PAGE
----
"Being out there in the community as representatives of Rotary, we are practicing the four-way test," Dreisbach said. The organization's 90-year history of providing resources proves its commitment to those principles, she added.
Even the Sunshine Campus' role in the lives of campers' parents and grandparents has an ethical component by providing a respite from the demands of caring for disabled children, Dreisbach said.
"We believe in this. We have stood behind the Sunshine Campus time and time again."
Saelig Co. Inc.
Doing business ethically is as simple as the Golden Rule, says Saelig Co. Inc. founder Alan Lowne.
Lowne started the firm as a part-time venture in 1988. The company employs 14 people as a distributor for test and measurement and control products from more than 100 suppliers worldwide. The company also provides marketing promotion, technical advice, sales fulfillment from stock and after-sales support.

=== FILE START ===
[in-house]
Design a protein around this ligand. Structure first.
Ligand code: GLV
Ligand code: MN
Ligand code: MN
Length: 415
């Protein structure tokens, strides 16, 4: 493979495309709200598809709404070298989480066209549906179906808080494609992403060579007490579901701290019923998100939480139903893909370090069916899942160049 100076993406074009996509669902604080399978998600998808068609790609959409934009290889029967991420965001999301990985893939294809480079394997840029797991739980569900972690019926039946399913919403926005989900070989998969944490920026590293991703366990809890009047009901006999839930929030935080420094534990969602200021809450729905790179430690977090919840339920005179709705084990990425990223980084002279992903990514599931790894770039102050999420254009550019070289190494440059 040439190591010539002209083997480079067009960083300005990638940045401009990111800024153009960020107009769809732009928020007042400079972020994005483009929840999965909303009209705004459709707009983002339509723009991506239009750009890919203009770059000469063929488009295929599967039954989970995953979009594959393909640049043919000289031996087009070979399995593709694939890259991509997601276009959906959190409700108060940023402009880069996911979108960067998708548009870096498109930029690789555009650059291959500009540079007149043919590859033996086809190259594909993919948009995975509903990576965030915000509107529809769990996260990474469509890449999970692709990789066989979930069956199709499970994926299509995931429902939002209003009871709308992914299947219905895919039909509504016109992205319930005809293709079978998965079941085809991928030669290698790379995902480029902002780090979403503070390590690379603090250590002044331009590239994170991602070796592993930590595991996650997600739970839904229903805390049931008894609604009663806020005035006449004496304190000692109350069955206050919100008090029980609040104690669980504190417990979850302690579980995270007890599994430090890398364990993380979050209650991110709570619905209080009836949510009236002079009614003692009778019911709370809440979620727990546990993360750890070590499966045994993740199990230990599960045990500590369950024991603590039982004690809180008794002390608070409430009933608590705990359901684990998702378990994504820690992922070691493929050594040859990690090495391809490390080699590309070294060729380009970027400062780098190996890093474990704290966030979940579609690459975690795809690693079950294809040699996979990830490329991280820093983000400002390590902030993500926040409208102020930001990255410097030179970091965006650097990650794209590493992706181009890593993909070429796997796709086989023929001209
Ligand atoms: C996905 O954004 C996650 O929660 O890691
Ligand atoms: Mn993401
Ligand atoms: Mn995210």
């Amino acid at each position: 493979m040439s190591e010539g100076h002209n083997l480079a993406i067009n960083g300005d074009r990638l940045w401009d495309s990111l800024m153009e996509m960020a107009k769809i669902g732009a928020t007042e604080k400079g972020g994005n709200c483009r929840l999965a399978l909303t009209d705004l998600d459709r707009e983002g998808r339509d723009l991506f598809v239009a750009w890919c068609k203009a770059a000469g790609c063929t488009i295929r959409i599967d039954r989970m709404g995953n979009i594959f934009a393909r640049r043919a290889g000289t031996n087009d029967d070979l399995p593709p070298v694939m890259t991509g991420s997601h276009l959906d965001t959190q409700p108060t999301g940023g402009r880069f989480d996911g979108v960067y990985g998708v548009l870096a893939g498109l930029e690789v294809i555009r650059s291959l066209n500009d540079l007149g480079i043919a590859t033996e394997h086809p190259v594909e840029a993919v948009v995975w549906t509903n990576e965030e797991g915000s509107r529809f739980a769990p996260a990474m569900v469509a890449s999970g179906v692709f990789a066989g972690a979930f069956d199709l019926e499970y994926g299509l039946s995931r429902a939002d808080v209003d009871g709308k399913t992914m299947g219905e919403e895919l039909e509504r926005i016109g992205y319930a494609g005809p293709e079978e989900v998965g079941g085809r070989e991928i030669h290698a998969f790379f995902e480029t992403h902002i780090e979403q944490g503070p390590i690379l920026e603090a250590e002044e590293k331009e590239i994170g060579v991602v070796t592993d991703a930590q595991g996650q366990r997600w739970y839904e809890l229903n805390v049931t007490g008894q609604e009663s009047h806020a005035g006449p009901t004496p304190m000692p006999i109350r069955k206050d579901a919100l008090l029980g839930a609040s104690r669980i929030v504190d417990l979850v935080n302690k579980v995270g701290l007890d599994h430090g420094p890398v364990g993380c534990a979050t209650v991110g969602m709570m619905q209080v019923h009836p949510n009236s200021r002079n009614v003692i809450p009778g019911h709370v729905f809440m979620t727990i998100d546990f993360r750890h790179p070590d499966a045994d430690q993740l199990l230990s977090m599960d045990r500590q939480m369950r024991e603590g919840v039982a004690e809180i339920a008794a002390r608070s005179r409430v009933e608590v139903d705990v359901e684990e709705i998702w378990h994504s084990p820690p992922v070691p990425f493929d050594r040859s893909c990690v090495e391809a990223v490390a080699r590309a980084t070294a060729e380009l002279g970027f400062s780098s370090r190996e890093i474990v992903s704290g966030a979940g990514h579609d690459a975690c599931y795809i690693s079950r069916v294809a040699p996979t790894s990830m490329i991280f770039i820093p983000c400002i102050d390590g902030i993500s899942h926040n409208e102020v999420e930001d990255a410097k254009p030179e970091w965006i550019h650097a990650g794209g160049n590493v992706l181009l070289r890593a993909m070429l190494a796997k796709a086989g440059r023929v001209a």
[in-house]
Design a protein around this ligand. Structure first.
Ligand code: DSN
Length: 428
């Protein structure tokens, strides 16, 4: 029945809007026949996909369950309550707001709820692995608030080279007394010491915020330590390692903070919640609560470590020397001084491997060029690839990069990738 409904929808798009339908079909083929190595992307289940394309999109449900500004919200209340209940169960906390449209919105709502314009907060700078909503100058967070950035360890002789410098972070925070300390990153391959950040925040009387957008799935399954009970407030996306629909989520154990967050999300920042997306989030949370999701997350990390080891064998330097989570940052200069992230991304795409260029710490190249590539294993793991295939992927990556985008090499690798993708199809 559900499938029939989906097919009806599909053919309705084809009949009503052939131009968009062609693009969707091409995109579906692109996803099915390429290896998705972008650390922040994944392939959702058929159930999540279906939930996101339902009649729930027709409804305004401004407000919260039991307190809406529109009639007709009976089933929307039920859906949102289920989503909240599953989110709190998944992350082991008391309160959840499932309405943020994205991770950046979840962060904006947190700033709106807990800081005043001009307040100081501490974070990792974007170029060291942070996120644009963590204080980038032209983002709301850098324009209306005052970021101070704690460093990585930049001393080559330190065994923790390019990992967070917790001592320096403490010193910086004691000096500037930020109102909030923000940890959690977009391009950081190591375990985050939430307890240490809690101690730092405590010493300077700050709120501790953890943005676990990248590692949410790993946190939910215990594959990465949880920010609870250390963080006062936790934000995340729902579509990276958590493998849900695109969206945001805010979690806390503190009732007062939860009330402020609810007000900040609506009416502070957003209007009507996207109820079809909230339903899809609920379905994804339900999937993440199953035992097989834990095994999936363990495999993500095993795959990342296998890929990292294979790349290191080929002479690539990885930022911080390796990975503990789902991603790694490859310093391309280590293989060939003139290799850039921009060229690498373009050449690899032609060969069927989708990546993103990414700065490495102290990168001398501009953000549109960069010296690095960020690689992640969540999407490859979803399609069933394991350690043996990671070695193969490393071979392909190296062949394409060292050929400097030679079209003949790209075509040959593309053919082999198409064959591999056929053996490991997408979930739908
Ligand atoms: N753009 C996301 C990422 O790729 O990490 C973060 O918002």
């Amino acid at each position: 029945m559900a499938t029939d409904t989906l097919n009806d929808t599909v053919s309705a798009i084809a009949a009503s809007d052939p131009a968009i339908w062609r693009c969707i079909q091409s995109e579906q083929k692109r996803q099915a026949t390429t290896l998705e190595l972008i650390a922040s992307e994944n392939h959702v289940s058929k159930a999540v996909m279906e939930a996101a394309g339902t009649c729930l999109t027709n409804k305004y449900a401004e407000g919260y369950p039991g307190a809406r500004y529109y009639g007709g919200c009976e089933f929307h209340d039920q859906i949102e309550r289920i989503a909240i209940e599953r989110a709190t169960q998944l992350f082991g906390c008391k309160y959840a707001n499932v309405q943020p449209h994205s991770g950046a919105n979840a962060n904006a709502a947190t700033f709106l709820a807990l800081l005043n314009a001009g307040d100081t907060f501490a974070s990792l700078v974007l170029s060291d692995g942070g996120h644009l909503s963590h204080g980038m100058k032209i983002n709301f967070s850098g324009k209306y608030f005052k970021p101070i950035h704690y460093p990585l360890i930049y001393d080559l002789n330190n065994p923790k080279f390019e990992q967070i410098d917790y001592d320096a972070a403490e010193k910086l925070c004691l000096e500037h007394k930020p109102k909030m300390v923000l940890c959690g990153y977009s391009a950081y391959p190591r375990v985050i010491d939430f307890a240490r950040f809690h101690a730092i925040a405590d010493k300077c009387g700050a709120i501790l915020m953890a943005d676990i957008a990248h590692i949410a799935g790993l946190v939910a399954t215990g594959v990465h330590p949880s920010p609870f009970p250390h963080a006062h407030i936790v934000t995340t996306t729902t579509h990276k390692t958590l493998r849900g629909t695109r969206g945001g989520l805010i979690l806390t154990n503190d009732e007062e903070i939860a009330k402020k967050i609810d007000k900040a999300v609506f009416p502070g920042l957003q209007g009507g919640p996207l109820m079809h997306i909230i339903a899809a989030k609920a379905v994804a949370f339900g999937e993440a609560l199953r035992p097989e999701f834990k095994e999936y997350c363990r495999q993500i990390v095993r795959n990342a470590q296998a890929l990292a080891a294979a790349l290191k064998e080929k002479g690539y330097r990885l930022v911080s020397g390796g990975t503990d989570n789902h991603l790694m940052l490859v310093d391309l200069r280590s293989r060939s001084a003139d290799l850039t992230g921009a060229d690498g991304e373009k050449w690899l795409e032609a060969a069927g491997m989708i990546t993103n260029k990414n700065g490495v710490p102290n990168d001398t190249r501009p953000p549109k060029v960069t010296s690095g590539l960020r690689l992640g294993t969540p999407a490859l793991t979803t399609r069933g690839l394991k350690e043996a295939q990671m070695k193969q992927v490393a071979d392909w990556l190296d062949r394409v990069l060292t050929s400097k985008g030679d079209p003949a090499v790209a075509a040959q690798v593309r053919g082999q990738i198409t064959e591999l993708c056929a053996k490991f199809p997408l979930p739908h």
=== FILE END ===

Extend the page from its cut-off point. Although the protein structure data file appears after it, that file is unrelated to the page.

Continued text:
When he started the firm, Lowne was an electronics engineer in clinical products at the Kodak Research Labs and was prescient enough to see what the beginning of layoffs might mean to his future. He had come to Rochester after working for Kodak in England and has been here 33 years.
During the day, an answering service took Saelig calls and a MailBoxes Etc. branch took faxes. "I did the rest of the business into the late hours in a dedicated Saelig Company bedroom," Lowne recalled.
The company has a history of "steady, not dramatic, growth," he said. "We have expansion plans in the works that depend in part on the needs of our suppliers."
At Saelig, "business ethics are fundamental to our company's ethos," Lowne said. Those ethics are based on biblical principles, such as the Golden Rule, "Do unto others as you would have them do unto to you," and an Old Testament proverb, "A good name is to be chosen rather than great wealth, good favor more than silver or gold."